Rhiana D. Ward


Texas Historical Commission


Raba Kistner Environmental, Inc. (RKEI), was contracted by CPS Energy (CLIENT) to conduct cultural resources monitoring investigations for the CPS Energy (CPSE) 401 Dwyer Avenue Overhead to Underground Service Conversion Project (401 Dwyer Avenue Project) in downtown San Antonio, Texas. The project consisted of 2,585 feet (788 meters [m]) of overhead to underground electrical service conversions within the Old Guilbeau Street, South Main Street, Stumberg Street, Woodward Street, and Dwyer Avenue right-of-ways (ROWs). Given that the project took place within a publicly owned ROW and because CPSE is a political subdivision of the State of Texas, the project was subject to review under the jurisdiction of Chapter 35 of the Unified Development Code (UDC) of the City of San Antonio (COSA) (Article VI, Historic Preservation and Urban Design, COSA UDC), as well as the Antiquities Code of Texas (ACT) (Texas Natural Resources Code, Title 9, Chapter 191).

An archaeological desktop review conducted in October 2018 determined that the San Pedro Acequia, also known as the Acequia Principal, intersected a portion of the project alignment along the Old Guilbeau Street ROW. As such, cultural resources monitoring was required by the COSA Office of Historic Preservation for a 360-foot (104 m) section of the Project Area within the Old Guilbeau Street ROW, west of its intersection with South Main Street. No monitoring was required for the remaining 2,225 feet (678 m) of remaining conduit installations associated with the project. For the purpose of archaeological investigations, the Area of Potential Effects (APE) encompassed 443 cubic yards, or 0.03 acre of soil disturbance.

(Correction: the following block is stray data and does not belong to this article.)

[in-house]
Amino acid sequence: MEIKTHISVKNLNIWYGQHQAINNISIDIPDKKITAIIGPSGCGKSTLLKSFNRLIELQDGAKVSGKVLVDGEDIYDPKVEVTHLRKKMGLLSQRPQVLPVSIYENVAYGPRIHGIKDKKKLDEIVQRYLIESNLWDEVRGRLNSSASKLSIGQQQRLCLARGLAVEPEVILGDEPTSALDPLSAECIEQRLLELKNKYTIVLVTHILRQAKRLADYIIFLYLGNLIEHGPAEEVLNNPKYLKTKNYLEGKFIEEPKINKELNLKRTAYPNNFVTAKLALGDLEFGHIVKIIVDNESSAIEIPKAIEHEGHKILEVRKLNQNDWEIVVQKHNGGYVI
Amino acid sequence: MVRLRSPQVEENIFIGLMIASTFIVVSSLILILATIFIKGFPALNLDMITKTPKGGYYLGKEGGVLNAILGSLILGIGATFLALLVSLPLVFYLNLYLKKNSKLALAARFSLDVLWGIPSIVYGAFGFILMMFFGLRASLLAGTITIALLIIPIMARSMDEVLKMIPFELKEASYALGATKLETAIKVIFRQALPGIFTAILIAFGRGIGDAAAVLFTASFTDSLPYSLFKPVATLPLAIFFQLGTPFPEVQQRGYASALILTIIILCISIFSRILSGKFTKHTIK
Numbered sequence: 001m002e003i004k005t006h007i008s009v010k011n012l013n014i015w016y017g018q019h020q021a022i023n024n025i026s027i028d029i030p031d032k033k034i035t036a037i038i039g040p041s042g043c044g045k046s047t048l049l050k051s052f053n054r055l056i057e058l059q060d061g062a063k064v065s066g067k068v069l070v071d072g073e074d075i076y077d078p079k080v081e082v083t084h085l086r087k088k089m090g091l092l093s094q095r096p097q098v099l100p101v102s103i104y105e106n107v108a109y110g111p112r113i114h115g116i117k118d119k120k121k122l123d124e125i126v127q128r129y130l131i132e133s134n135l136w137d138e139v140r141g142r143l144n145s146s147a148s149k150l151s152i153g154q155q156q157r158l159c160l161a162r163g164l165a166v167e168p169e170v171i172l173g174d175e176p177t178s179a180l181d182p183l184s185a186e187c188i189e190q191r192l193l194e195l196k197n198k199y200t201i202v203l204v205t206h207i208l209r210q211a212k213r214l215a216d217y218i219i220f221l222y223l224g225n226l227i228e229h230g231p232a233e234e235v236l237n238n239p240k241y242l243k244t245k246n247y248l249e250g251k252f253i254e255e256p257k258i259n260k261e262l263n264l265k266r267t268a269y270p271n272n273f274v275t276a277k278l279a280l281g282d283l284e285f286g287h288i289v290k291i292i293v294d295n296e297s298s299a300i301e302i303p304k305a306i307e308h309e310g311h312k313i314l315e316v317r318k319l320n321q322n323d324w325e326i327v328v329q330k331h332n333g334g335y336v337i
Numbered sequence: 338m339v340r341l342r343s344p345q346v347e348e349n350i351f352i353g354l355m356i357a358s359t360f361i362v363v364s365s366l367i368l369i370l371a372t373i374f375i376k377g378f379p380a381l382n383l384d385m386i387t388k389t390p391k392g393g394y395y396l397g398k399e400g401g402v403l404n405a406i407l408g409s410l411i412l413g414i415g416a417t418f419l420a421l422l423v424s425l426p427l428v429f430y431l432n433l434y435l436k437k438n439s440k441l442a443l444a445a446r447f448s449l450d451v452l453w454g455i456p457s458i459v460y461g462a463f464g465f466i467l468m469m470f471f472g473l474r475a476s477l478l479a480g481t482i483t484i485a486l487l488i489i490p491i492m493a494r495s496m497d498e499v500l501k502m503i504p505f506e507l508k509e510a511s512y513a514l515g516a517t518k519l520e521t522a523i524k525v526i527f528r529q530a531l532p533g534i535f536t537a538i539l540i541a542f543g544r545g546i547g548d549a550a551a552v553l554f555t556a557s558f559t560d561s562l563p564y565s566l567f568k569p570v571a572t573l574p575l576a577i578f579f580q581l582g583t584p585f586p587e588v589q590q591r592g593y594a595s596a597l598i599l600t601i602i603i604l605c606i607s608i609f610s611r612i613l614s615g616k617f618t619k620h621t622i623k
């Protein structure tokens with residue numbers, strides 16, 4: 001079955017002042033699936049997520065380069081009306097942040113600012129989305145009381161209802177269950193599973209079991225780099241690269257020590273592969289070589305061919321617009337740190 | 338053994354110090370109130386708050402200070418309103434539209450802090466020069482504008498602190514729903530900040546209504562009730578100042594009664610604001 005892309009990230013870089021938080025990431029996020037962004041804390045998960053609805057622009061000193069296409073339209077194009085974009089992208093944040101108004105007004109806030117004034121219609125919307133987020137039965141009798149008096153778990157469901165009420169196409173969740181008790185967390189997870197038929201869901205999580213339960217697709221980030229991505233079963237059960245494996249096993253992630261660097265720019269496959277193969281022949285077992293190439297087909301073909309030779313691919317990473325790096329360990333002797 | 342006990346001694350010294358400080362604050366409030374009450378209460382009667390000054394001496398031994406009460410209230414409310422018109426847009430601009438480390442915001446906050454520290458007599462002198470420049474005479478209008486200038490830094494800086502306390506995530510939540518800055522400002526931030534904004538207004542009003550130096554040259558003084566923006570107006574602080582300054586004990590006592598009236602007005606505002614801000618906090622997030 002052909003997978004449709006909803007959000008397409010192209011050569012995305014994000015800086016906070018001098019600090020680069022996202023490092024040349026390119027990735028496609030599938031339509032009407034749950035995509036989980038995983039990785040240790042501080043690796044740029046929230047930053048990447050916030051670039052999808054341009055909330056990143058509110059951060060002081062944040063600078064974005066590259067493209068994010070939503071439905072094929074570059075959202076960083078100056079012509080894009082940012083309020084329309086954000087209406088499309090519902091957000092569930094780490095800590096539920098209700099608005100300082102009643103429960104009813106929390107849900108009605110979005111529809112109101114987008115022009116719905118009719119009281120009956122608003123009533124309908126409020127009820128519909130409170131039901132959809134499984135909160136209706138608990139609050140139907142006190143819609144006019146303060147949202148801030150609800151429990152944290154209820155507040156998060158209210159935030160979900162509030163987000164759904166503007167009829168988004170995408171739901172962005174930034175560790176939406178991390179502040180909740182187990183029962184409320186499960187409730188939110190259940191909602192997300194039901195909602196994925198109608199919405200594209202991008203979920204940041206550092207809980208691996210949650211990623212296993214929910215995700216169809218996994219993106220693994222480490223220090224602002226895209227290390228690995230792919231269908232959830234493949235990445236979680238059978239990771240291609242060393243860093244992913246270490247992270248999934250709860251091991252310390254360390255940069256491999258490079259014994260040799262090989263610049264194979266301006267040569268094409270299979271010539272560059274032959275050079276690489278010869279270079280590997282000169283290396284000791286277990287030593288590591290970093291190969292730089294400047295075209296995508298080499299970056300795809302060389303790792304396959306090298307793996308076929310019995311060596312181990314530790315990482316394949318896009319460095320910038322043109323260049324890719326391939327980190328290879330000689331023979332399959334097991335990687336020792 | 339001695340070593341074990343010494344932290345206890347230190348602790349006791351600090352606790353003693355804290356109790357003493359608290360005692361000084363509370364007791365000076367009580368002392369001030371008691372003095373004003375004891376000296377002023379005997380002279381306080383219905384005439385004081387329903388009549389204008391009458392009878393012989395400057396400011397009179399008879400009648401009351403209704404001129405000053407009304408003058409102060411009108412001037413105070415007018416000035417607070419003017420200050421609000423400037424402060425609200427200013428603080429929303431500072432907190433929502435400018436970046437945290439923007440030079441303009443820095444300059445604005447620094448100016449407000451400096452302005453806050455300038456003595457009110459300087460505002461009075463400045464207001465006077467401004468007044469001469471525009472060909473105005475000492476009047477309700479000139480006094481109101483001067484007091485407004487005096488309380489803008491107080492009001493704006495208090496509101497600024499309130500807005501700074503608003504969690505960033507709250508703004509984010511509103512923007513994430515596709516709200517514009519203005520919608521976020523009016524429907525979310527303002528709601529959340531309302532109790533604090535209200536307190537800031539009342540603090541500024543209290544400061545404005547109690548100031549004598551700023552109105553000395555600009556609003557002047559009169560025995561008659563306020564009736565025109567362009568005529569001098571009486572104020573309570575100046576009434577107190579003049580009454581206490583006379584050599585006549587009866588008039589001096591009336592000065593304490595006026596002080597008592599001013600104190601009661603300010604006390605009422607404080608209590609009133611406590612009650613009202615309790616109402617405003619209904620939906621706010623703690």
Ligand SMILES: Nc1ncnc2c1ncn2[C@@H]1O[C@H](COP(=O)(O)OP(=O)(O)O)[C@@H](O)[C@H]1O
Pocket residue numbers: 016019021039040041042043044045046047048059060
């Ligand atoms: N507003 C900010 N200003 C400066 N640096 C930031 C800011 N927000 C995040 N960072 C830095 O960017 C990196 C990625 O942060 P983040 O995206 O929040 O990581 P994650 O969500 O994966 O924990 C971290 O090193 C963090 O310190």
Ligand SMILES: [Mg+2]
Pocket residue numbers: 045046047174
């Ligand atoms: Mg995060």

RKEI conducted monitoring investigations for the APE on November 29, December 3, and December 6, 2018. Rhiana Ward served as Project Manager and Principal Investigator, and all field work was conducted by Kirsten Atwood. Investigations resulted in the identification and documentation of the San Pedro Acequia, previously recorded archaeological site 41BX337. The San Pedro Acequia was identified approximately 170 feet (52 m) southeast of the South Flores Street–Old Guilbeau Street intersection, within the northeastern trench profile wall. The ditch measured 73 inch (185 cm) wide with evidence of stone-lining. Although none of the cultural materials observed in association with the acequia displayed individual diagnostic markers, the collection appeared to be consistent with the late-1800s to early 1900s time period, which is contemporaneous with the closure of the San Pedro Acequia in this area. A review of the historic San Antonio Sanborn Fire Insurance Maps determined that the documented profile closely matches the projected alignment of the acequia as illustrated on the 1892 and 1904 Sanborn Maps.

In addition to the acequia, an additional basin-shaped feature was documented. The feature was located approximately 70 inches (180 centimeters) northwest of the acequia profile, and measured 47 inches (120 cm) wide, from 31 to 40 inches (80 to 100 cm) below surface. No evidence of the feature was visible within the northern trench profile wall. It is possible that the basin-shaped feature may represent an earlier channel of the acequia, such as that illustrated on the 1889 City Engineering Map; however, a lack of cultural materials and the absence of the feature in the northern trench profile wall prevented a positive identification of the feature.

RKEI made a reasonable and good faith effort to identify cultural resources within the given APE. As a result, a portion of the San Pedro Acequia was identified and documented. Confirmation of the ditch and its location contributes important information to the history of the region and is a contributing element to the eligibility of archaeological site 41BX337 as a National Register Property and State Antiquities Landmark. RKEI recommends no further archaeological investigations for the current APE. However, should additions be made to the Project Area, additional cultural resources investigations may be required.

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Creative Commons Attribution-NonCommercial 4.0 International License
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